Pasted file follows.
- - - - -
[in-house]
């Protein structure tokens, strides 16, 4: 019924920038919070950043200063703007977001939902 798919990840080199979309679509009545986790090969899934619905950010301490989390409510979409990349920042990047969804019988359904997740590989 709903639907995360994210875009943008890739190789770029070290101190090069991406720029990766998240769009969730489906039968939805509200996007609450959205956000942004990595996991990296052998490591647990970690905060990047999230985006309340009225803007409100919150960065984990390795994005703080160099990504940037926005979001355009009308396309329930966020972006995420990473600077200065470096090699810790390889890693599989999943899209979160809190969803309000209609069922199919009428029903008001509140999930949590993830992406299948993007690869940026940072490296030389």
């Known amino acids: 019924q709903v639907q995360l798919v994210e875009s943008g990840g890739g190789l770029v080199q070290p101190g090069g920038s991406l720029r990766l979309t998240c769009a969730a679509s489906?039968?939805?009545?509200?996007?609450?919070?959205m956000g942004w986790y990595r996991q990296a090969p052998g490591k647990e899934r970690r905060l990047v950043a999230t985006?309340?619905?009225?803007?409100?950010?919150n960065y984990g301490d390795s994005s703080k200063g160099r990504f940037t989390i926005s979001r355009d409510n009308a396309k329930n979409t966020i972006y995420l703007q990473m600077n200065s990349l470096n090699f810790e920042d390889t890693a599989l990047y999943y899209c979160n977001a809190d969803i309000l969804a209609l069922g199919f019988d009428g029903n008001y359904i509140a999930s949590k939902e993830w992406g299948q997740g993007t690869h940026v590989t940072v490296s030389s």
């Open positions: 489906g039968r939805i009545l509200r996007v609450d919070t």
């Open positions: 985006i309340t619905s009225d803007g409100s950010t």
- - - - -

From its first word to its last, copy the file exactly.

[in-house]
């Protein structure tokens, strides 16, 4: 019924920038919070950043200063703007977001939902 798919990840080199979309679509009545986790090969899934619905950010301490989390409510979409990349920042990047969804019988359904997740590989 709903639907995360994210875009943008890739190789770029070290101190090069991406720029990766998240769009969730489906039968939805509200996007609450959205956000942004990595996991990296052998490591647990970690905060990047999230985006309340009225803007409100919150960065984990390795994005703080160099990504940037926005979001355009009308396309329930966020972006995420990473600077200065470096090699810790390889890693599989999943899209979160809190969803309000209609069922199919009428029903008001509140999930949590993830992406299948993007690869940026940072490296030389």
């Known amino acids: 019924q709903v639907q995360l798919v994210e875009s943008g990840g890739g190789l770029v080199q070290p101190g090069g920038s991406l720029r990766l979309t998240c769009a969730a679509s489906?039968?939805?009545?509200?996007?609450?919070?959205m956000g942004w986790y990595r996991q990296a090969p052998g490591k647990e899934r970690r905060l990047v950043a999230t985006?309340?619905?009225?803007?409100?950010?919150n960065y984990g301490d390795s994005s703080k200063g160099r990504f940037t989390i926005s979001r355009d409510n009308a396309k329930n979409t966020i972006y995420l703007q990473m600077n200065s990349l470096n090699f810790e920042d390889t890693a599989l990047y999943y899209c979160n977001a809190d969803i309000l969804a209609l069922g199919f019988d009428g029903n008001y359904i509140a999930s949590k939902e993830w992406g299948q997740g993007t690869h940026v590989t940072v490296s030389s």
């Open positions: 489906g039968r939805i009545l509200r996007v609450d919070t």
């Open positions: 985006i309340t619905s009225d803007g409100s950010t």